Similarly, the Germany-South Caucasus parliamentary exchange group seems to have been used by Azerbaijan to cultivate certain members of the Bundestag by providing them with travel, gifts, and other benefits. And, in the wake of a scandal surrounding Azeri payments to members of the Bundestag, further journalistic investigations revealed that interns with connections to the regime in Baku had over many years been placed with both CDU, SPD, and opposition party representatives in parliament, propagating regime interests. The Azeri regime has also financed a chair at Berlin’s well-known Humboldt University, whose occupant spreads the regime’s very own view on Southern Caucasus political affairs.
Finally, foreign politicians have been able to exercise considerable influence by trading favours in the EU institutions. Hungary’s prime minister has long defended the interests of German car manufacturers in the European Council in order to strengthen his ties to the CDU and its habitual coalition partner, the Christian Social Union. Critics say these ties are maintained in exchange for tolerance of increasing repression and democratic backsliding in Hungary by the European People’s Party (EPP) and specifically its group in the European Parliament. While Fidesz was suspended from the EPP in 2019, before leaving it for good in March 2021, the failure to act earlier has facilitated the process of democratic erosion in Hungary.
Had the EU moved to introduce Article 7 procedures (when a member state is breaching core principles such as democracy and human rights) against Hungary before 2015, Budapest could not have relied on the backing of Poland’s Law and Justice government after it returned to power that year. Such a move may have also deterred Law and Justice from emulating Orban.
Now the EU has a member state no longer considered a democracy, which not only tries to dilute the EU’s human rights policies, but also serves as a hub for Russian and Chinese influence in Europe. Today, in a similar manner, the EPP lends respectability to politicians inside the EU such as Slovenian prime minister Janez Jansa but also EPP politicians from outside the EU such as Serbian president Aleksandar Vucic, each of whom is responsible for presiding over democratic backsliding in their own countries.
These various channels of influence result not only in the diminution of the EU’s commitment to defending democracy abroad, they could equally be harmful for Germany. Ultimately, the impact of the recent CDU corruption scandals is that they undermines domestic trust in democracy.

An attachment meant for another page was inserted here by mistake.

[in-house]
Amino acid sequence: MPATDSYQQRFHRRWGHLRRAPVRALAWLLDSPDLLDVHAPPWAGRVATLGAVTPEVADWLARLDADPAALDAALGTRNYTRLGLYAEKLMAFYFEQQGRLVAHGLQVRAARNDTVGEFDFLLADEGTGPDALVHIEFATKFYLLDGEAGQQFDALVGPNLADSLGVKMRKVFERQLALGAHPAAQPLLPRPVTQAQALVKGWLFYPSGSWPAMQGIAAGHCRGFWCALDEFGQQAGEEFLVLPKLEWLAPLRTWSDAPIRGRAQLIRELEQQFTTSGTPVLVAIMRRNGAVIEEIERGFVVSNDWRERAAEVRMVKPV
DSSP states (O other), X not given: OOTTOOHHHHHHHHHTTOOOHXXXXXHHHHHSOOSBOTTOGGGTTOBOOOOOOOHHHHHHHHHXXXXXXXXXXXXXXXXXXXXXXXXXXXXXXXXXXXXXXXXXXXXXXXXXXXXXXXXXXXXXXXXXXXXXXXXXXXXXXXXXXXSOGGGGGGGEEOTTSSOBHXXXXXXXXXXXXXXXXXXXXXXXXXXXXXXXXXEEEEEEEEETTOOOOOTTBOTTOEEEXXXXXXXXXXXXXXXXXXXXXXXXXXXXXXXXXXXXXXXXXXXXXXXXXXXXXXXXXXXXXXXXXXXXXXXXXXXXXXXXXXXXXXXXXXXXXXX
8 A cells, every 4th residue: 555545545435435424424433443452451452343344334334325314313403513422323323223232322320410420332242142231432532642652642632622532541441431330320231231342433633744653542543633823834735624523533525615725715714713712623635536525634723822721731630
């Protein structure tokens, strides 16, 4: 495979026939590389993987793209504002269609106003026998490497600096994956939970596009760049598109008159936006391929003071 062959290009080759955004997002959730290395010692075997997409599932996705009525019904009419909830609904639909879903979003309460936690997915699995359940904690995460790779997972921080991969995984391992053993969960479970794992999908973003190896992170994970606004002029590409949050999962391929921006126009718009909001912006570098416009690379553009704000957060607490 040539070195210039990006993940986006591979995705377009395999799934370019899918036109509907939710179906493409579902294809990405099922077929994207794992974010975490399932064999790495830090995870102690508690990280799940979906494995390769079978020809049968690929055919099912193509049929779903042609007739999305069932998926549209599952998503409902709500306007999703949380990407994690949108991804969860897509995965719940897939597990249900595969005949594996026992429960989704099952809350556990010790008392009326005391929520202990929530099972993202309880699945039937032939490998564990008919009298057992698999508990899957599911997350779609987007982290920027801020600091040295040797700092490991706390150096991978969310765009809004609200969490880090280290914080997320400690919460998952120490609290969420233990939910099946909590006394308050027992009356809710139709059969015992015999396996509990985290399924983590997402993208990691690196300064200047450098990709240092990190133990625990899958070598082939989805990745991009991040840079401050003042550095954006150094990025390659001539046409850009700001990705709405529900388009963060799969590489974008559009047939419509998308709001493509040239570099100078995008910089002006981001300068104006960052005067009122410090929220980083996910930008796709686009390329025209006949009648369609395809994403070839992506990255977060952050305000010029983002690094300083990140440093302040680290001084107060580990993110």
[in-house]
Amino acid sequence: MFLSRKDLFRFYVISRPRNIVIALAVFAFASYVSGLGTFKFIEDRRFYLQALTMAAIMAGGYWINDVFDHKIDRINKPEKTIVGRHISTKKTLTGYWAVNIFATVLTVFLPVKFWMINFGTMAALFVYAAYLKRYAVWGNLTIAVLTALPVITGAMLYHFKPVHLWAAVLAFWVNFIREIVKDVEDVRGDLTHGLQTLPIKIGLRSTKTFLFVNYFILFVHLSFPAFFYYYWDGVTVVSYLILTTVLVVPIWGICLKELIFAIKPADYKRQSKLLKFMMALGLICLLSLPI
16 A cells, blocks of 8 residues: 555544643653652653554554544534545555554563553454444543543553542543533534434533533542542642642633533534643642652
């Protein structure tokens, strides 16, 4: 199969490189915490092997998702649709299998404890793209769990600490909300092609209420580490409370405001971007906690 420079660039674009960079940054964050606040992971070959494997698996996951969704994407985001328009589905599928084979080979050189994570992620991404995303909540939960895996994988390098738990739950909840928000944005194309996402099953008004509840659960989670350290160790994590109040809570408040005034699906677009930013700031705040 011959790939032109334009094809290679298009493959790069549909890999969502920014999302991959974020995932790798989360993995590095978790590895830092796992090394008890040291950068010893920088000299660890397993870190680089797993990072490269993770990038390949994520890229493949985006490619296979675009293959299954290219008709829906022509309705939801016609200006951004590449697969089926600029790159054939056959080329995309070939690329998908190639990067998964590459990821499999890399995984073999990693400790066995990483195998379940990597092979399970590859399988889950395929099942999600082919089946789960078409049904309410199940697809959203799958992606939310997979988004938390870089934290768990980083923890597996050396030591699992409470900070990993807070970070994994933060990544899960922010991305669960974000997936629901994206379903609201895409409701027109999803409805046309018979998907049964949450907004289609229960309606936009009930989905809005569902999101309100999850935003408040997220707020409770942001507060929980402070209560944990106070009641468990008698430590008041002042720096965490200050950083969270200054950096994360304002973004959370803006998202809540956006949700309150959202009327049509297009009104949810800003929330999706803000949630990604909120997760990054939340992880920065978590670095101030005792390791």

While countries such as North Macedonia and Azerbaijan may have limited ability to affect German democracy, the same channels of influence can be used by more significant players such as China, Russia, the United Arab Emirates, and Saudi Arabia. These all try to influence Germany’s foreign policy positions and decisions about more purely domestic German matters. China’s lobbying for Huawei to participate in Germany’s 5G rollout is a case in point. While Huawei has mostly relied on German companies as proxies to lobby the government in Berlin, behind these efforts is a well-funded, EU-wide campaign bult on public events, Huawei-funded reports, and an aggressive media push on matters that ultimately affect Germany’s and the EU’s security interests.
Shutting down these avenues of corrupt foreign influence should be a matter of urgency; German politicians should move quickly to address this issue of ‘strategic corruption’. Mandatory transparency about activities undertaken on behalf of foreign governments should be the first step. This means not just introducing a lobby register – which was recently agreed in the German parliament – but also introducing full transparency requirements about the different types of activity that parliamentarians carry out on behalf of authoritarian governments. Here, a systematic stock-take of different lobbying channels and related risks is needed. In light of this, the Bundestag should commission an independent comprehensive study of the different routes for illicit foreign influence, on the basis of which it could devise a set of proposed solutions. If it does not start to take action soon, trust in democracy in Germany and beyond will suffer.
The European Council on Foreign Relations does not take collective positions. ECFR publications only represent the views of its individual authors.